جامعة النجاح الوطنية
An-Najah National University
International law and Human Rights
Duration: 24 Months (2 Years)
Degree Awarded: MSc
Student must complete 36 credit hours

Speciality Requirements Student must complete 24 credit hours

Course Code Course Name Credit Hours Prerequests
3
This course focuses on the main institutions, legal texts, principles, and practices in public international law. It offers an interdisciplinary perspective on the historical, political and philosophical evolution of public international law and its contemporary developments; it explores the legal frame of the United Nations and questions relating to the objectives, functioning and rulemaking of the institution, UN human rights system, dispute settlement, the use of force between members, and enforcement mechanisms; it examines the law of inter-state relations acquainting students with the legal features of the international community, its subjects, states and non-state actors, including the place of the individual in the international system; the concepts of sovereignty and jurisdiction; the sources of international legal norms; the implementation of international rules by domestic jurisdictions; state and individual responsibility for violations of international law and their consequences; it also considers legal and policy issues emerging from the development and functioning of international and intergovernmental organizations, and, focusing on specific cases, it explores the privileges and immunities of the main international organizations, the impact of the UN on international politics, the role and practices of the UN Security Council and its members, the initiatives to reform the institution, and the restructuring of UN human rights mechanisms. Through lectures, interactive working groups, expert interventions, field visits, and a rigorous in-class dialogue and debate students will gain a solid understanding of the realities of this field.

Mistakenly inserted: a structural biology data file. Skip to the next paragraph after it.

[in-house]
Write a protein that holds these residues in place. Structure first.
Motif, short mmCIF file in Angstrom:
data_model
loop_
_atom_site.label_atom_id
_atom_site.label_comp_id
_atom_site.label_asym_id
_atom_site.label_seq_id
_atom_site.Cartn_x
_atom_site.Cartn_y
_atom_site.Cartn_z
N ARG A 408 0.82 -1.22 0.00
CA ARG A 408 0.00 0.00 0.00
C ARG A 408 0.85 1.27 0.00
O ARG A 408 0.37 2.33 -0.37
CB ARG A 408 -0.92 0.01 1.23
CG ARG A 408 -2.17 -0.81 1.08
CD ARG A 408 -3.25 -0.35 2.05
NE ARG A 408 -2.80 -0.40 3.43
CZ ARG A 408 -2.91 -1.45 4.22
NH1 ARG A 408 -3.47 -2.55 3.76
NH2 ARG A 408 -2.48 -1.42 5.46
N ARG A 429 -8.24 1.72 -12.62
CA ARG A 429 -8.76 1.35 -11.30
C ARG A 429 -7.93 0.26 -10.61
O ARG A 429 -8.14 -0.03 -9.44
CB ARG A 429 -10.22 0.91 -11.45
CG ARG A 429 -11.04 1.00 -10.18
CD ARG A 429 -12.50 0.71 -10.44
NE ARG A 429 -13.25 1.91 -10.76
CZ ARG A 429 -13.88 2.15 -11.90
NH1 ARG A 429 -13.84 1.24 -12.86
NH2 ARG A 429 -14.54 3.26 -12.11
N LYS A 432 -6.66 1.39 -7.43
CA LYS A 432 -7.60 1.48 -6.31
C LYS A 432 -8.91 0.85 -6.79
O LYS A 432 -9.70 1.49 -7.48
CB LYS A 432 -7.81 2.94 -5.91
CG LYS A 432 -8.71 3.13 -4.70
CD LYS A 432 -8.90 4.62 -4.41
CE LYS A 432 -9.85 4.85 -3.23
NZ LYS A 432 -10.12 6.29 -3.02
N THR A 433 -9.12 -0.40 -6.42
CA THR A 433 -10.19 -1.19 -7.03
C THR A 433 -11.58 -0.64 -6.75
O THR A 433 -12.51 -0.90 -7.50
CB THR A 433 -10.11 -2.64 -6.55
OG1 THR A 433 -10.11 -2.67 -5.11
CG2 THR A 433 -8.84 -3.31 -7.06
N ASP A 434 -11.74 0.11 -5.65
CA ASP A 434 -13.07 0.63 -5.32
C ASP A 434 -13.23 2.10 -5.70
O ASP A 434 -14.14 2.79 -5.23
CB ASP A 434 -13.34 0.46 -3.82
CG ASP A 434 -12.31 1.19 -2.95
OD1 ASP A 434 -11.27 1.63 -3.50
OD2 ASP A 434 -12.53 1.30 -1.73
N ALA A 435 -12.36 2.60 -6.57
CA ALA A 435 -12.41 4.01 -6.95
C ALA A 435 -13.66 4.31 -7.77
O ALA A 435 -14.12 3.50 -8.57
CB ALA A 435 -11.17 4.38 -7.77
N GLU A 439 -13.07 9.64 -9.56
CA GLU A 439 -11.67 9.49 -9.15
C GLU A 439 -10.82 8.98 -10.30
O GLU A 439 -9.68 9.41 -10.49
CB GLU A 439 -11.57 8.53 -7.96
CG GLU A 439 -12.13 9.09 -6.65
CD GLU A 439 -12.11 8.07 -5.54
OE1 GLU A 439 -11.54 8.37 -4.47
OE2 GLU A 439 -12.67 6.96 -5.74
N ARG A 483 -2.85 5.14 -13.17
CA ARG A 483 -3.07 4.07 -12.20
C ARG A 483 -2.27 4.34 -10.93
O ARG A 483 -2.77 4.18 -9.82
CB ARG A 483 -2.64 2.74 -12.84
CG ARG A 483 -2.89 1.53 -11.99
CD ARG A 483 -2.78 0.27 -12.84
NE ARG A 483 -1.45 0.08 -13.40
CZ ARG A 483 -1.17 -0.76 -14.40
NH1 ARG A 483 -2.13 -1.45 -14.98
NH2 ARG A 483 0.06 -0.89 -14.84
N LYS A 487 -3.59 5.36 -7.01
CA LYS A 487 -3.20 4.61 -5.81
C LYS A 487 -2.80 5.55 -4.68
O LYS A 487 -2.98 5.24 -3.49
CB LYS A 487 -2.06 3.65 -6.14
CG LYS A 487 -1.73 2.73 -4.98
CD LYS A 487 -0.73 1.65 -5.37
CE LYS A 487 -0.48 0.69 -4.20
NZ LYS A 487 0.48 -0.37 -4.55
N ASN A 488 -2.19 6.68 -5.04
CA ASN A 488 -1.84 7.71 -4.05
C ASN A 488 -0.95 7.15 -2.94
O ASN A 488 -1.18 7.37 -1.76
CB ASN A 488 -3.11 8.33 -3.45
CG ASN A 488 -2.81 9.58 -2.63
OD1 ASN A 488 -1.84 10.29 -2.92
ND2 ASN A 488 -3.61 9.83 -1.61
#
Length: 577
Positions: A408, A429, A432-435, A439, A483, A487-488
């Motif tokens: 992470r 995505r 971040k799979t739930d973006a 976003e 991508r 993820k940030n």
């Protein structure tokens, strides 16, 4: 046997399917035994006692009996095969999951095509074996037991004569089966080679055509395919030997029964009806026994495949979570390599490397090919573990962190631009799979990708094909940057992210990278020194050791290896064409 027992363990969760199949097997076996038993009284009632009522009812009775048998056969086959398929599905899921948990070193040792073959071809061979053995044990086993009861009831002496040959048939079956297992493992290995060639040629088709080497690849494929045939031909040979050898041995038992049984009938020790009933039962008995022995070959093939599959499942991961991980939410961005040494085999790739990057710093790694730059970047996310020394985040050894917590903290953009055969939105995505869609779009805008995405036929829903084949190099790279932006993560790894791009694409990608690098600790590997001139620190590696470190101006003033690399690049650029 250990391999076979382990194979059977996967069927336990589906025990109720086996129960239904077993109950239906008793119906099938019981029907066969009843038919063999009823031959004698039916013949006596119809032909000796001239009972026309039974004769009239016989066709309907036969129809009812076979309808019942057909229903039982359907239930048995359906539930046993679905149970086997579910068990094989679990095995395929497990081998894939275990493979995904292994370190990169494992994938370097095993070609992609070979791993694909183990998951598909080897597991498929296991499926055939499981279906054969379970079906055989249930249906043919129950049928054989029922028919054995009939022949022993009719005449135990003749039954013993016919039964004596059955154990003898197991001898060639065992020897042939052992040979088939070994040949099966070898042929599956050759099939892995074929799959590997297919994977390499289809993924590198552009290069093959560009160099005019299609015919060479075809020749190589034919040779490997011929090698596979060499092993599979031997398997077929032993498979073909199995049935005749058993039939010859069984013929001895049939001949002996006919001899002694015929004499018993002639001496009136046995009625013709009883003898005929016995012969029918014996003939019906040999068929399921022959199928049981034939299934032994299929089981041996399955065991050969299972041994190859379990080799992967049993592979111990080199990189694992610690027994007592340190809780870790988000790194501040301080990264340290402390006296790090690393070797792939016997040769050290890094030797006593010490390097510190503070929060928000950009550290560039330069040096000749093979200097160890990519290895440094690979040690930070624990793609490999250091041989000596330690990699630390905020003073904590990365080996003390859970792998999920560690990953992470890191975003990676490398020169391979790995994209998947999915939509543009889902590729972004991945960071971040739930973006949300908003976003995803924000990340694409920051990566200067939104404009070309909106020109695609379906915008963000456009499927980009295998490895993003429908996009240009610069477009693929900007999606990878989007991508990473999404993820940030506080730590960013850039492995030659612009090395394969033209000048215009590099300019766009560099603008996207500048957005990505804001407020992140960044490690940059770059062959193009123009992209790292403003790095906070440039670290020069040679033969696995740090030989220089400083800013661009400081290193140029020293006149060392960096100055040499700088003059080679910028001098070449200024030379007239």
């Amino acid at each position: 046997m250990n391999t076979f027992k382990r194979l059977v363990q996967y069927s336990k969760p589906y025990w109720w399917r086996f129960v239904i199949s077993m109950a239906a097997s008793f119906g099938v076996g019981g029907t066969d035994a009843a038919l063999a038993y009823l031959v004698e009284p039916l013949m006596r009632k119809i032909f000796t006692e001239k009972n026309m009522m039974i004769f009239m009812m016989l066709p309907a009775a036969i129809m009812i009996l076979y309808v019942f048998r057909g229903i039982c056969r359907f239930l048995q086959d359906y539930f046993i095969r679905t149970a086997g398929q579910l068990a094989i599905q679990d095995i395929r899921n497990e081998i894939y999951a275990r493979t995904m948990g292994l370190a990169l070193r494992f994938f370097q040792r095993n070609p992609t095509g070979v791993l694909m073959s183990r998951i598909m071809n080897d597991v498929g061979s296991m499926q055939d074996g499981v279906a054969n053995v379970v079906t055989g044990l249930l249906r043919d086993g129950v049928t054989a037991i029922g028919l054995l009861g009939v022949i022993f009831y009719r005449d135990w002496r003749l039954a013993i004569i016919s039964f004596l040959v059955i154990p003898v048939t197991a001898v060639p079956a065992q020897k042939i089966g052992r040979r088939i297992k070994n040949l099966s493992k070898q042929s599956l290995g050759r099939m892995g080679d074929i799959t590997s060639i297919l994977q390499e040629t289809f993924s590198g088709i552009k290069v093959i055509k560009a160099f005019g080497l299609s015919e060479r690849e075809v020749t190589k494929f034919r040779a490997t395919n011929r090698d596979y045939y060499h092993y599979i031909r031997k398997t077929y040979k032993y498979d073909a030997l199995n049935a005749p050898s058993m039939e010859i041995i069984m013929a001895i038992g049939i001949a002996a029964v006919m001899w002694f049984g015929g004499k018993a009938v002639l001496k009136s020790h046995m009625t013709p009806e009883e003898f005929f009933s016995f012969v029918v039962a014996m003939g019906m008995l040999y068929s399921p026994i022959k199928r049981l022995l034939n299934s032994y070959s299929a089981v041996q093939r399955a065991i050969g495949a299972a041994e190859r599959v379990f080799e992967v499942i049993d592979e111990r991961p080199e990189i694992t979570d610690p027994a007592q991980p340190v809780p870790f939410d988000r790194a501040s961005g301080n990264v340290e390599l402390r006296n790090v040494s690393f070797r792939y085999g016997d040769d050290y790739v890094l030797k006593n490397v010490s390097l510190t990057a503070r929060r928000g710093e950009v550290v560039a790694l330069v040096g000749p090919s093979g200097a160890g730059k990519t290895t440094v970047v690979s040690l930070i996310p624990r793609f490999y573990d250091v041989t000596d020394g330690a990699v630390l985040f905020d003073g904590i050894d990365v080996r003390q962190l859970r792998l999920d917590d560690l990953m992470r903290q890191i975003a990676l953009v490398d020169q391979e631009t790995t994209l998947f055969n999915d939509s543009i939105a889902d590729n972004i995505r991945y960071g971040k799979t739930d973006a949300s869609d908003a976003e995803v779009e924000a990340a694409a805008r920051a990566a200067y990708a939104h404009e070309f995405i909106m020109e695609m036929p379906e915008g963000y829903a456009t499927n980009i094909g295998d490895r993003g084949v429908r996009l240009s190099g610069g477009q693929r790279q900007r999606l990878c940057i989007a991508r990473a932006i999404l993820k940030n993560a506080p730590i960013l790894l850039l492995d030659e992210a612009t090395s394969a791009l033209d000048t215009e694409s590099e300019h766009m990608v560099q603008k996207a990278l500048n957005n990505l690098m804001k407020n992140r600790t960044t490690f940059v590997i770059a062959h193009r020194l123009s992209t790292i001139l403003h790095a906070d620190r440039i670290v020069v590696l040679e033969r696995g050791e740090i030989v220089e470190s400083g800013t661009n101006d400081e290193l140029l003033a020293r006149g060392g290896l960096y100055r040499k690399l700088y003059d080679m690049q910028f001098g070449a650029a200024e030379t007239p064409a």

3
This course aims to provide students with solid basis about collecting and analyzing data and writing not only their final master thesis and future research, but also policy advice, documentation and reporting, and expert opinion. This introduction to research in social sciences, and particularly in international law and human rights, is conceived as an introduction to “thinking like a researcher” and to develop a critical approach to a diverse set of sources in order to do research as well as to read, analyze, and evaluate research. The course will explore the main steps in social sciences research (research questions, literature review, research design and data collection, techniques of empirical investigation, data analysis, etc.). Combining research practices of a wide range of theoretical fields (history, politics, sociology, anthropology, economics, etc.), the final objective of the course is to prepare students to design, develop, and write valuable, pertinent, and high quality academic and expert research. Through lectures, interactive working groups, expert interventions, field visits, and a rigorous in-class dialogue and debate students will gain a solid understanding of the realities of this field.
3